“I was happy when the peace process was signed, I thought everything would get better. But I was wrong … I lost all [medical] help I previously got from the FARC,” says Jiraldo, adding that his commander says his injury is now the government’s responsibility.
Jiraldo, who also suffers from PTSD, has endured 18 FARC-funded operations since he was shot, all of which were carried out before the signing of the peace accord. But many were botched – he says one surgeon pulled his eyelid over the space where his eyeball used to be, instead of using a skin graft – and he continues to need frequent medical attention.
He has been unable to secure effective treatment in Colombia’s public health system since the signing of the peace deal and said he was turned away by five different state surgeons. He was only able to receive proper medical attention after meeting Dr. Claudia Luzar, who works with the Comision de Conciliacion Nacional, a peace and reconciliation group partly funded by the German government. With her help, and the group’s funding, he has been able to secure private treatment.
“He had an MRSA [superbug] infection for four years, which I am currently treating him for,” says Dr. Peter Jasinski, from his private clinic in Bogota. Jiraldo was introduced to the Polish-born physician by Luzar, after she heard of his plight. In a bid to rid Jiraldo of the hard-to-manage infection, Dr. Jasinski has been administering daily syringes of saline solution to his wound – which goes through his upper jaw and face – before administering antibiotics.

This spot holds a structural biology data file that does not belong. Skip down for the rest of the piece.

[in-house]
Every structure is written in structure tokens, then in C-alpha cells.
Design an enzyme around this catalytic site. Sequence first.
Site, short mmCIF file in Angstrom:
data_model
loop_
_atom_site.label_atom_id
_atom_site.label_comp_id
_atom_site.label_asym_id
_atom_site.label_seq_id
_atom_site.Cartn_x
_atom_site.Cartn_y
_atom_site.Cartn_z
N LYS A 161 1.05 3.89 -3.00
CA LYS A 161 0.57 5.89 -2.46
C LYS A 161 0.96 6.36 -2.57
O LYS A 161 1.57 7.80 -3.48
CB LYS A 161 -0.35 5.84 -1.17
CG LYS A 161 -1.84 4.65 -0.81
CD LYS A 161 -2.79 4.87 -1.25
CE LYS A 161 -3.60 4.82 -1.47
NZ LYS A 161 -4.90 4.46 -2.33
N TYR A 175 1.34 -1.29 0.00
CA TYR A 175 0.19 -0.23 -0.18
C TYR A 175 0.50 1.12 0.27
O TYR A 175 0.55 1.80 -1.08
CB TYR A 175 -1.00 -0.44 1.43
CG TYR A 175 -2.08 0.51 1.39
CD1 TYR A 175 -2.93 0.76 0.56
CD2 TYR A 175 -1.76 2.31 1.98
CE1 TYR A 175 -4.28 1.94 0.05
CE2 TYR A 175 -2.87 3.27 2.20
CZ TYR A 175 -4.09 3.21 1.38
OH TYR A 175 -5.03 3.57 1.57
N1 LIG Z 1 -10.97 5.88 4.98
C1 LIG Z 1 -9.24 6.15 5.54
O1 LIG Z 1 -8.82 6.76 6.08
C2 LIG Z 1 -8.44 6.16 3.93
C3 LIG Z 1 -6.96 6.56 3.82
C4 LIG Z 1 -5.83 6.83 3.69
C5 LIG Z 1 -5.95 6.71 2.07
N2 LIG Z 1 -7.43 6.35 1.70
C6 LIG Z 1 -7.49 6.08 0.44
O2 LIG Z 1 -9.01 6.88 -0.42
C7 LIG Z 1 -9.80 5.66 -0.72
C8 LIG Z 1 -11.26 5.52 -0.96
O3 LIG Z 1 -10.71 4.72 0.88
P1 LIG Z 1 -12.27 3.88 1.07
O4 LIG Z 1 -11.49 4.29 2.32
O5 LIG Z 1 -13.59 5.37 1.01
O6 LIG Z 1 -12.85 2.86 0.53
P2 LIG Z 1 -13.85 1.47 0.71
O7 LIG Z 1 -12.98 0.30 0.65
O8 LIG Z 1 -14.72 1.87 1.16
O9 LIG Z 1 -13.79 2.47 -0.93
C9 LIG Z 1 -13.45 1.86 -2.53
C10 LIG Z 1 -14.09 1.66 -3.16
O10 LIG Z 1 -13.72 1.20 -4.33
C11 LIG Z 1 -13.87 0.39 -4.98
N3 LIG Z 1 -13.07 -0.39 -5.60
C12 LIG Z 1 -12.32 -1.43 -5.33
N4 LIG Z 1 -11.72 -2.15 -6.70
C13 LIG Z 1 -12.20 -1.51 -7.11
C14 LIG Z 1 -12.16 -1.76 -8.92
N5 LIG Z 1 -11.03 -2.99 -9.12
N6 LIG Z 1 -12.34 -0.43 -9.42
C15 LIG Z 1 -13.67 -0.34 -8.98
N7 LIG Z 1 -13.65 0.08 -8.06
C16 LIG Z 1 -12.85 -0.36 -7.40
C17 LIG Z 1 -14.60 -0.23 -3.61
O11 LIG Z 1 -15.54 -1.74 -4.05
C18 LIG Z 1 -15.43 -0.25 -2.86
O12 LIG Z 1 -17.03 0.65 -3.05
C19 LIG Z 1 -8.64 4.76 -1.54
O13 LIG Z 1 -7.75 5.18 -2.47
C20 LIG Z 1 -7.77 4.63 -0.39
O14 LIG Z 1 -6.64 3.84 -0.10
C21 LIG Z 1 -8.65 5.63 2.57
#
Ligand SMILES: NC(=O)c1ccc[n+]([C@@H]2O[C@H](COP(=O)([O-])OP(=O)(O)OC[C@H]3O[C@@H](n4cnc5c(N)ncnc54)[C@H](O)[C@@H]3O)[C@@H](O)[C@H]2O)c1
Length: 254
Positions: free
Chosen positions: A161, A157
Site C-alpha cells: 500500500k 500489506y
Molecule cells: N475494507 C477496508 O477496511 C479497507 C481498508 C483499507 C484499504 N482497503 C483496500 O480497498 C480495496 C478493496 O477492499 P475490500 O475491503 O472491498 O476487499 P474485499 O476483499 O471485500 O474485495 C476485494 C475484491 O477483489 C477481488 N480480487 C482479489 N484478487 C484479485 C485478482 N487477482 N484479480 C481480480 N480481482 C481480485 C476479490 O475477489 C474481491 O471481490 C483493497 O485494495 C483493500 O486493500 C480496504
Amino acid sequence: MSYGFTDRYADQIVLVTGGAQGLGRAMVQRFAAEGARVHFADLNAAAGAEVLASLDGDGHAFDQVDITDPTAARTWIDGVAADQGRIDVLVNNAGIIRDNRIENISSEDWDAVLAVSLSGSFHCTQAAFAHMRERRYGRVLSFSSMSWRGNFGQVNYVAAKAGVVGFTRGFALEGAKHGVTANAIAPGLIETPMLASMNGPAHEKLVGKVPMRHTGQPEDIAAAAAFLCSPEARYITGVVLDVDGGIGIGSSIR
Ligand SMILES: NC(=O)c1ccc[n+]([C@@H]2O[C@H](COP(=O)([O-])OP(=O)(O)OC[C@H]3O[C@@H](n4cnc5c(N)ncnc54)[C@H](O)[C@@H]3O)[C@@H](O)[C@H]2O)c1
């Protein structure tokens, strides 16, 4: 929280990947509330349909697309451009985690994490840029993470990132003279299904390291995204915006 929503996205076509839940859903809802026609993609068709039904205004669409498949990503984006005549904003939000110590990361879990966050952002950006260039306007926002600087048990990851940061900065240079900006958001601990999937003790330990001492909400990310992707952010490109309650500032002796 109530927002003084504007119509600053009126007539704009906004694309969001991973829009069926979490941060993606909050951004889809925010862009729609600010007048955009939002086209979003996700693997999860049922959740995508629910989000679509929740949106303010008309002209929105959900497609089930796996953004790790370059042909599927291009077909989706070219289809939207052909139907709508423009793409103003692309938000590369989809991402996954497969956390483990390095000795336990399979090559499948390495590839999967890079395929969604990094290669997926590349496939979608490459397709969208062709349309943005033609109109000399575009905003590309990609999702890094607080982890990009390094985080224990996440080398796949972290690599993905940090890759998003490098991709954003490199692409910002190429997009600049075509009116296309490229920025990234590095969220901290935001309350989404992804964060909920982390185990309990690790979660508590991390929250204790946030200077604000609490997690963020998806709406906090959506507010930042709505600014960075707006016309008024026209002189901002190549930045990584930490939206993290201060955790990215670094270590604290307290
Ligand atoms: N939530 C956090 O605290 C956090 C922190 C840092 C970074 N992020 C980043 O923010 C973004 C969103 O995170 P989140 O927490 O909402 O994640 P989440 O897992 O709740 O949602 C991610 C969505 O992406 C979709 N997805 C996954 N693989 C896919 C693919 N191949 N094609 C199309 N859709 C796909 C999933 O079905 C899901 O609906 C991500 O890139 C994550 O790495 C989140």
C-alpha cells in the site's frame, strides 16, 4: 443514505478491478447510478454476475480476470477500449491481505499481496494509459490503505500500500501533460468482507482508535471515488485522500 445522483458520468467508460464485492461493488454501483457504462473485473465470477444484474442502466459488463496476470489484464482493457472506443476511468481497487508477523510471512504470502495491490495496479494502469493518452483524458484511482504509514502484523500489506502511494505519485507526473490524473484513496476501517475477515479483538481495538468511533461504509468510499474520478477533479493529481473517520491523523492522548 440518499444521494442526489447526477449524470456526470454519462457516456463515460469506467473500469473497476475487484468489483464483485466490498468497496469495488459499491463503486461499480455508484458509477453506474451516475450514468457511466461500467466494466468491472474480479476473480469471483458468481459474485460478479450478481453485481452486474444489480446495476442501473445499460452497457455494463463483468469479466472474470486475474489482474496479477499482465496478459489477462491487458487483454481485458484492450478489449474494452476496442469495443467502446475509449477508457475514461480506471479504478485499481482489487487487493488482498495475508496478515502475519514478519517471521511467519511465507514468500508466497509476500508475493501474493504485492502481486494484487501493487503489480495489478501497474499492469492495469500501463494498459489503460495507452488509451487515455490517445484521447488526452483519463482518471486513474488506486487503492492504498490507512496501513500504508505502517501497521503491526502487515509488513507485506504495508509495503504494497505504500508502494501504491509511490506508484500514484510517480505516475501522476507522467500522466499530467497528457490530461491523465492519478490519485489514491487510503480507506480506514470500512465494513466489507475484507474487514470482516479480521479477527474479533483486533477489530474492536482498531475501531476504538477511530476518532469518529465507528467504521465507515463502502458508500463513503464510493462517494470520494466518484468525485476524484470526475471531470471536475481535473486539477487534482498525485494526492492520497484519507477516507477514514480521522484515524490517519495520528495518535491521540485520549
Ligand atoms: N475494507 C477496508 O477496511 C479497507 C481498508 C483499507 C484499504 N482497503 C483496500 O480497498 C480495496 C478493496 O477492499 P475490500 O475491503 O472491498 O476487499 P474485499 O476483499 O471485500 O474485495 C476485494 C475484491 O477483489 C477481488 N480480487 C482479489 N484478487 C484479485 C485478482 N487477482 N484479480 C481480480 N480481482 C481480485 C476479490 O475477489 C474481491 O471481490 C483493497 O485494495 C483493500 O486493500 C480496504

Jiraldo retches and gasps through every procedure, but they are necessary to prepare him for a potential operation which it is hoped will end the cycle of reinfection. It is not known yet who will carry out the operation, or pay for it.
“Pablo has no trust,” says Luzar. “The peace process was supposed to build trust but has had the opposite effect.”
The sharp switch to a substandard healthcare system was an unexpected aspect of the peace process for many of the FARC rank and file.
“When you were in the FARC you didn’t need to ask for an appointment,” Villa says. “Anything they needed, any camp, there was a professional ready to help.”
She continues: “So when they came out of that and they started being part of the Colombian healthcare system … the transition was really hard.”
But ex-combatants are now simply experiencing the same public healthcare issues as the rest of the population, Villa said.
Analysts echo this view. “Public healthcare within Colombian society is not great as it is,” says Briscoe. “There is a reality of poor public health services in rural areas … this has not changed.”
The healthcare situation also presents a paradox, says Kristian Herbolzheimer of Conciliation Resources. “If the government did respond to ex-combatants and not the rest of population, it could create a grievance,” he explains. “It looks like those who took up arms are being rewarded, and those who didn’t are not.”
For Jiraldo, his ill-health is not the only factor fueling his mistrust of the peace process. He is also concerned about the meagre stipend he is granted monthly – which will end with the new government – and his perceived lack of opportunities for the future.
“I don’t think the peace process is real,” Jiraldo says. “A lot of people are going back to continue fighting,” he adds. “If I had my health, I would go back right now. To continue the war is not the solution, but there is no other way.”
Villa agrees that a return to conflict is a possibility, because of the government’s failure to fulfill its obligations under the accords. But she remains hopeful.
“One of the main characteristics of the revolutionary people is that they are very optimistic,” she says. “The decades of conflict made us strong, and we are now warriors in the search for a long-term peace.”